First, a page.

To the strained milk add the chopped potato and halved onion. Pour in enough vegetable or chicken stock to cover the vegetables and bring to the boil, then simmer until the onions and potatoes are tender – about 20 minutes. Discard the onion and add in the chopped chicken and reheat gently. If you would like a thicker stew, mix 1 tablespoon of cornflour/cornstarch with a little water and add this to the stew, stirring to thicken. Serve with white rice. Serves 2
Lemony Courgette Ribbons with Tagliatelle in Crème Fraiche Sauce
As much as the title is a mouthful to say, it is a fresh-tasting mouthful to eat. Make this simple dish even nicer by lifting the pasta out of the cooking water with tongs, rather than sliding it in a colander. This little change allows some starchy water to cling to the strands, which helps extend the sauce.
3 ‘nests’ of tagliatelle (or 1 ½ per person)
1 small bunch each basil and mint, tied together with kitchen string or preferably in a muslin bag
1 medium courgette, peeled
juice of ½ lemon
4 tbsp half-fat crème fraiche, or soft cheese with a little milk added
Olive Oil Crumbs Topping
1 slice crustless white bread, rubbed into crumbs
1 tbsp olive oil
½ tsp garlic powder, or to taste
Bring a pan of water to the boil along with the herbs, and cook the tagliatelle according to packet directions.
While the pasta is cooking, make the topping by heating the oil in a sauté pan and stir-frying the breadcrumbs and garlic powder until lightly coloured. Set aside.
Now take the courgette and peel into thin ribbons. Slice these ribbons lengthways into three strips and drop into another pan of boiling water, cooking for 1 minute. Drain and refresh with cold water. Pop the courgette ribbons back in the pan and add in the crème fraiche and lemon juice, heating gently.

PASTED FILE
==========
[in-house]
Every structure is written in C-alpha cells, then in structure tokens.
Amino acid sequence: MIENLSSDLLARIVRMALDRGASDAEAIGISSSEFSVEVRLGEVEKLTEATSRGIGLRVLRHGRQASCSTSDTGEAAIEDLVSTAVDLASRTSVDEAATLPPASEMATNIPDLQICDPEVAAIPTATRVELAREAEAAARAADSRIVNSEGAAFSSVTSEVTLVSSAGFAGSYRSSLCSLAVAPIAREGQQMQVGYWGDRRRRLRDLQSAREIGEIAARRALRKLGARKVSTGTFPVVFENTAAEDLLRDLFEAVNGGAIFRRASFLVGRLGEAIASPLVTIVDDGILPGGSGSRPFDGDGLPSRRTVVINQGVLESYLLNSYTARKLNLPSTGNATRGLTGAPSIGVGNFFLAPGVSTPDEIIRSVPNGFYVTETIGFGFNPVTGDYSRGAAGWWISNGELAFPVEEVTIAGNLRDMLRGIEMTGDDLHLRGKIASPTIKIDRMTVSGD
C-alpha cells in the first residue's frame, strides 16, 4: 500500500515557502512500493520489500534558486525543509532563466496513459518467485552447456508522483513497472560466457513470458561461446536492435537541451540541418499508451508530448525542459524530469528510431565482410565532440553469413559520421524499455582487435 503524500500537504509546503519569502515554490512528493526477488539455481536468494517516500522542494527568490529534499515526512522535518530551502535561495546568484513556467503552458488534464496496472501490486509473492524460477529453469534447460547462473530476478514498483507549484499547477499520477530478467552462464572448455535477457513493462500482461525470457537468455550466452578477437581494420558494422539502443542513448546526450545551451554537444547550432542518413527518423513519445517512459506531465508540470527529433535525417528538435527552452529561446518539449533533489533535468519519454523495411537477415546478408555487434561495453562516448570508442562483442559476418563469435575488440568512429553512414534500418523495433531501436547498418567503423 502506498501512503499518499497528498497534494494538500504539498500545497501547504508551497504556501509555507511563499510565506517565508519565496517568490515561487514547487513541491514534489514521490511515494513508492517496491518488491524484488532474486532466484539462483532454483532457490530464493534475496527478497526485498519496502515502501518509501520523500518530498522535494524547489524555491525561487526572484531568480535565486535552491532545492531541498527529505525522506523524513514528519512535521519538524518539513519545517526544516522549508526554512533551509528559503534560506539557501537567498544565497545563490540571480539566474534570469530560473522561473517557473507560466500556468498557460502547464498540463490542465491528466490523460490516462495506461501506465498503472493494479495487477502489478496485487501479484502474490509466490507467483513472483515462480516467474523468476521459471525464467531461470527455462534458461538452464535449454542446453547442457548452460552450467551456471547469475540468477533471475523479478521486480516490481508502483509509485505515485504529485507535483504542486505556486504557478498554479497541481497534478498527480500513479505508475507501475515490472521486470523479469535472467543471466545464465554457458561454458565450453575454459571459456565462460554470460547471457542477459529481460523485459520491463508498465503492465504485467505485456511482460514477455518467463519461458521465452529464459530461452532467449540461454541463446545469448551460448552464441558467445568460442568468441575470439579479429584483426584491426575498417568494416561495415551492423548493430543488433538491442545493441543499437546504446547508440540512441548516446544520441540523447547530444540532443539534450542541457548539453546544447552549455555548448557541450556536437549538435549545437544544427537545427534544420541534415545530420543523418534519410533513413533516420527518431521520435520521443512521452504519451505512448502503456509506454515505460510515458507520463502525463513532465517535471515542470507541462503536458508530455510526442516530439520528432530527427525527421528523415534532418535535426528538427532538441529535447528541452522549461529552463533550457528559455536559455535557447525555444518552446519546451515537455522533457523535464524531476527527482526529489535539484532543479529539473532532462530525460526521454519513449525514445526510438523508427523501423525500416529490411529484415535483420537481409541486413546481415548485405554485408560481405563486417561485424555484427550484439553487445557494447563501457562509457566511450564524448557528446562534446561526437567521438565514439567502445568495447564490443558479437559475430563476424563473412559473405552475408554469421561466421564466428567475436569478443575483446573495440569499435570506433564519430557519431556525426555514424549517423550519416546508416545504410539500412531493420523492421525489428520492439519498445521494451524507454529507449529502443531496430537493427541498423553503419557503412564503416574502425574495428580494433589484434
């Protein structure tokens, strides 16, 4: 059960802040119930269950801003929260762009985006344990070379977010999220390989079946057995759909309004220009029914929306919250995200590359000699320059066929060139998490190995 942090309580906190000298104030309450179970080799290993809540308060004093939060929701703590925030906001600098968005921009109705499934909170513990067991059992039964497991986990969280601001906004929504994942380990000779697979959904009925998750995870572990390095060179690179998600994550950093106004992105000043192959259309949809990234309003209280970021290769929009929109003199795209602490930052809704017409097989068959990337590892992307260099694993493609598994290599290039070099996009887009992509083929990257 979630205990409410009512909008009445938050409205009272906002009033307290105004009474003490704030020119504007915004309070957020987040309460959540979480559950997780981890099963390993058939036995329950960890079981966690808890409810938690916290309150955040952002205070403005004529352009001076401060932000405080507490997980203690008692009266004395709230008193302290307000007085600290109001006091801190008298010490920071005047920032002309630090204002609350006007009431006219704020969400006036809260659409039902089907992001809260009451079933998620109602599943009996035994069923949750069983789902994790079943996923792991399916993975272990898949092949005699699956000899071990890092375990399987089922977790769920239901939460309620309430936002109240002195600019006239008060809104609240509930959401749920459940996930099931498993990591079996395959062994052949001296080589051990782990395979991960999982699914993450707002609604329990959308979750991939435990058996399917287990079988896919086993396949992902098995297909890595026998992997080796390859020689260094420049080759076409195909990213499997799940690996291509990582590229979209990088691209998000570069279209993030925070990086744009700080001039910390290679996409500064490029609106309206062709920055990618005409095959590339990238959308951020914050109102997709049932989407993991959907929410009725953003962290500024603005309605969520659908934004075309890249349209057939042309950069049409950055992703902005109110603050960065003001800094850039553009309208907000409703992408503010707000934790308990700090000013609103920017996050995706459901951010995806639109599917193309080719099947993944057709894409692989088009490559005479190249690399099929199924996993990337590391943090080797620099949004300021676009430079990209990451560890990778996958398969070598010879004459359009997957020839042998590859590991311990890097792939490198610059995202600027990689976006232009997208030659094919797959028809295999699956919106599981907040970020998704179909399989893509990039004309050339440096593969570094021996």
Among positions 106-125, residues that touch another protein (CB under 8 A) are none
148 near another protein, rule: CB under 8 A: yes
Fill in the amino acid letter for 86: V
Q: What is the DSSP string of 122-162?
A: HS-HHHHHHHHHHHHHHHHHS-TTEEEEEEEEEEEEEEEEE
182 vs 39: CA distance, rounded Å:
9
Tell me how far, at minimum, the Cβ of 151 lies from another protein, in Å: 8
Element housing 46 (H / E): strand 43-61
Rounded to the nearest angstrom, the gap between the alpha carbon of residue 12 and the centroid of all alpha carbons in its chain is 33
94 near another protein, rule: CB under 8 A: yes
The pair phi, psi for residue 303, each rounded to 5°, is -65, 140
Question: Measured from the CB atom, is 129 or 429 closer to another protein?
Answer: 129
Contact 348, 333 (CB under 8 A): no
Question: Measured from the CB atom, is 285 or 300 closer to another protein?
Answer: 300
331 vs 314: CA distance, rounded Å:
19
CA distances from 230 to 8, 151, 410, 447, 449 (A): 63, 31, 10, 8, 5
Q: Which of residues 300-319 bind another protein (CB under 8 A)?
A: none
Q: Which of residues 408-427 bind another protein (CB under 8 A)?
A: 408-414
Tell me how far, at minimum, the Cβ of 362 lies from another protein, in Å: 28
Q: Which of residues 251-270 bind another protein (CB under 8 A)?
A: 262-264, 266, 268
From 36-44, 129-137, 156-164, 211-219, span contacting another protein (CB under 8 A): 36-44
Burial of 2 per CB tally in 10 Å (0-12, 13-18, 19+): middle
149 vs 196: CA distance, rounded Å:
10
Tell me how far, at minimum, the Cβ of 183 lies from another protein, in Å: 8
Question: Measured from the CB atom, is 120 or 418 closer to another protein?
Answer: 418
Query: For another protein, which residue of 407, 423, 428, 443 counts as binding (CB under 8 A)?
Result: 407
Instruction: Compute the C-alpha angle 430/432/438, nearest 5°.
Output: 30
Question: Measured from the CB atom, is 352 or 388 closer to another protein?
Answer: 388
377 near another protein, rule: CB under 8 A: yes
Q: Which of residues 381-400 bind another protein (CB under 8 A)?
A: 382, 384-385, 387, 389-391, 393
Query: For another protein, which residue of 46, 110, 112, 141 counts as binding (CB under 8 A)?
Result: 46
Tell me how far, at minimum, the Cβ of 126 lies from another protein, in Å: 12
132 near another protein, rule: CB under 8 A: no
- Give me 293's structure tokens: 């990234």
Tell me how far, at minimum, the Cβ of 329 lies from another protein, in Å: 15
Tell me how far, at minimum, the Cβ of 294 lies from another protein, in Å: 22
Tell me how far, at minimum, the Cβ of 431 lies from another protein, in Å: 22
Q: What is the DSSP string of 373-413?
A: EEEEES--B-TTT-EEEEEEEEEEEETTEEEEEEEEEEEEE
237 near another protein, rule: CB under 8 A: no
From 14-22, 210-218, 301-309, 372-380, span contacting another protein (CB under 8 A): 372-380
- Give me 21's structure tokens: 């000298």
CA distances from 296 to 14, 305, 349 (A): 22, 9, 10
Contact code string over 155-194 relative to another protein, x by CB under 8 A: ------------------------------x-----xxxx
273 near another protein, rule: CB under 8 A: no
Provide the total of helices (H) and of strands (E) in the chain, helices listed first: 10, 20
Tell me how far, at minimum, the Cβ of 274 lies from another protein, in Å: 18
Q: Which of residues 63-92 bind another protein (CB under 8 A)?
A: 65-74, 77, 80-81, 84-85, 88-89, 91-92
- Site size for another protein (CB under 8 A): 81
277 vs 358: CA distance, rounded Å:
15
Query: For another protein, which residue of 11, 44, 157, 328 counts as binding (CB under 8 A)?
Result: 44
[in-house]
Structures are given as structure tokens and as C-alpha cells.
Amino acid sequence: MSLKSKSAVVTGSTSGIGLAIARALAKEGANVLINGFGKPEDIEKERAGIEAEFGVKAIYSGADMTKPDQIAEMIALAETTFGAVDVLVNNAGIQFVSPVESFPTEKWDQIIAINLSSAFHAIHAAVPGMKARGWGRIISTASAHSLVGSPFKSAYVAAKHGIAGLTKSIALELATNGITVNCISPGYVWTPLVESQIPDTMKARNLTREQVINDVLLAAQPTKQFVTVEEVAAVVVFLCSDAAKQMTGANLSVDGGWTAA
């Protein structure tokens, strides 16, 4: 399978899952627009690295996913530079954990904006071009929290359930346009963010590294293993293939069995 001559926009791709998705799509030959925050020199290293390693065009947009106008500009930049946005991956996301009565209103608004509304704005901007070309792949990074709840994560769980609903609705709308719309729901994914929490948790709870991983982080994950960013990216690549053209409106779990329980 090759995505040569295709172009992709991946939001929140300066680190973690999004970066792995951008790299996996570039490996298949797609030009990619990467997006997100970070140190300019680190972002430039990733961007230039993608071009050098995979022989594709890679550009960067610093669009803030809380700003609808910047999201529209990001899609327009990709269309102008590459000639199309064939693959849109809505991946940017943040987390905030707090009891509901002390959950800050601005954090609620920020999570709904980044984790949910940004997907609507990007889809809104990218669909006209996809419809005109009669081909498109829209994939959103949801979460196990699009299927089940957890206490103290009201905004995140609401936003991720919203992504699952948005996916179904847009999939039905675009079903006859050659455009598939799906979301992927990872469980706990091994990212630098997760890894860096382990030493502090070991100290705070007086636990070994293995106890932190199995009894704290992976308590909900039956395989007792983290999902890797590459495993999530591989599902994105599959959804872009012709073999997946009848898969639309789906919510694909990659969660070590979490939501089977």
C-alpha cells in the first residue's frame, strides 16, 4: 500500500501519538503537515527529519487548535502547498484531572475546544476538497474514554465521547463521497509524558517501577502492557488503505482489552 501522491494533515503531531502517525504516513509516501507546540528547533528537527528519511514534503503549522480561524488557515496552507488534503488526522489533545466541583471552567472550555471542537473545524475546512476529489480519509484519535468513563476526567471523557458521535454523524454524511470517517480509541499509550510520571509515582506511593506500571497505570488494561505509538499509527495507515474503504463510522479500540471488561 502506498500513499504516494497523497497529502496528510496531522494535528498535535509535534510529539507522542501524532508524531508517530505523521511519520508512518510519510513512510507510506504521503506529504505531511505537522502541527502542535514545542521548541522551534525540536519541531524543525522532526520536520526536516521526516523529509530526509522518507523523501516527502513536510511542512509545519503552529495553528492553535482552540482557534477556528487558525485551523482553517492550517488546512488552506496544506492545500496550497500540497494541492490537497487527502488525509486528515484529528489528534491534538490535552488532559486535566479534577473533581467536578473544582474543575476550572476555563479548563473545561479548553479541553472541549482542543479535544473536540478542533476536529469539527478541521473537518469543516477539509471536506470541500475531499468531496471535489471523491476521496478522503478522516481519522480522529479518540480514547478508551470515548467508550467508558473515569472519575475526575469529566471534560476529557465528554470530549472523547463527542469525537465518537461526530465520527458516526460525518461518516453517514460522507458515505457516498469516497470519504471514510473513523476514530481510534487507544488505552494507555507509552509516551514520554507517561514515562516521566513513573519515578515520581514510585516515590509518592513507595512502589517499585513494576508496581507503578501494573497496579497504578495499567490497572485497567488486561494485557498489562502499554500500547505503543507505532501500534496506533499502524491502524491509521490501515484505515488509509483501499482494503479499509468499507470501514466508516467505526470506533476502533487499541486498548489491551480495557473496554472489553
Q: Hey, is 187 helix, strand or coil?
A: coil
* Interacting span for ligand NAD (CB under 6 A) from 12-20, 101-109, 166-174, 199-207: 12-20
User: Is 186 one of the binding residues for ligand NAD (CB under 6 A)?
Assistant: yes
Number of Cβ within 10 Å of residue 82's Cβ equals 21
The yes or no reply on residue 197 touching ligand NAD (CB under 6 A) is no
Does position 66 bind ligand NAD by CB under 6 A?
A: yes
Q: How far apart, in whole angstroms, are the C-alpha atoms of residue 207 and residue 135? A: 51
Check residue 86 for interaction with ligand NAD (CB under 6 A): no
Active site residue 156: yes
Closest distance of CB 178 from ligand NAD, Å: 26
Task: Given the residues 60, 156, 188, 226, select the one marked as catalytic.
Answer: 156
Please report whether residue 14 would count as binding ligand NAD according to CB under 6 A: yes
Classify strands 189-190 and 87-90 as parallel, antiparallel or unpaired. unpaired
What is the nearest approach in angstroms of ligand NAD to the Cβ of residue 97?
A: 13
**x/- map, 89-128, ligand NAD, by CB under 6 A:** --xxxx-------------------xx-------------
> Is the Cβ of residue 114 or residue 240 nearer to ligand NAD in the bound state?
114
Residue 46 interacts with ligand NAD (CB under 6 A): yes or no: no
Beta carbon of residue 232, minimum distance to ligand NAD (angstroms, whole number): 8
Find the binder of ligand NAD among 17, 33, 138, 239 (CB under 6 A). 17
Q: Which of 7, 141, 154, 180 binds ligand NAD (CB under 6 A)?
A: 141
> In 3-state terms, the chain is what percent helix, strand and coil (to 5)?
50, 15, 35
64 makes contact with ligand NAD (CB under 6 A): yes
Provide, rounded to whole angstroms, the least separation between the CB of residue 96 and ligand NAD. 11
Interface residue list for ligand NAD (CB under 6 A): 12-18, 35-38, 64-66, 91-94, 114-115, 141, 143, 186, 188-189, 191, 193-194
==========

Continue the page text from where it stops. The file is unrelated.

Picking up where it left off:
Lift the pasta from the water, discard the herbs and add the pasta to the pan with the sauce and courgettes. Gently toss through before serving topped with the olive oil crumbs. Serves 2
More calories: Saute courgettes in olive oil
This recipe is also good for soft food and low-salt diets
This type of sandwich spread is common in the US ‘deep south’ (where I hail from) and it is called pimienta cheese. Nearly everyone over there just buys it ready made from the shops, but it is so easy to whiz up that it’s a shame that more people don’t make it from scratch. It’s certainly not for slimmers but if you need to keep the weight on, or if you are looking for something to liven up a prescribed low-fibre or easy-to-swallow diet, this tasty spread smeared on white bread might just fit the bill. In the States it is mainly a sandwich filler, but it would be nice as a dip with breadsticks or homemade pitta chips too.
80 – 100g (heaped 1/3 cup) roasted peppers in oil, drained (skins removed if still on)
50 g (1/2 cup) sharp Cheddar cheese, shredded
2 heaped tbsp low fat soft/cream cheese (or regular)
2 tbsp quality mayonnaise (I like the very French ‘Delouis Fils’ brand, available at most UK supermarkets, but usually mail-order for US)
¼ tsp garlic powder
pinch of pepper
Whizz everything up in a food processor and allow to ‘come together’ for 20 minutes before eating. Much tastier than the ingredients might suggest! Enough for 6 rolls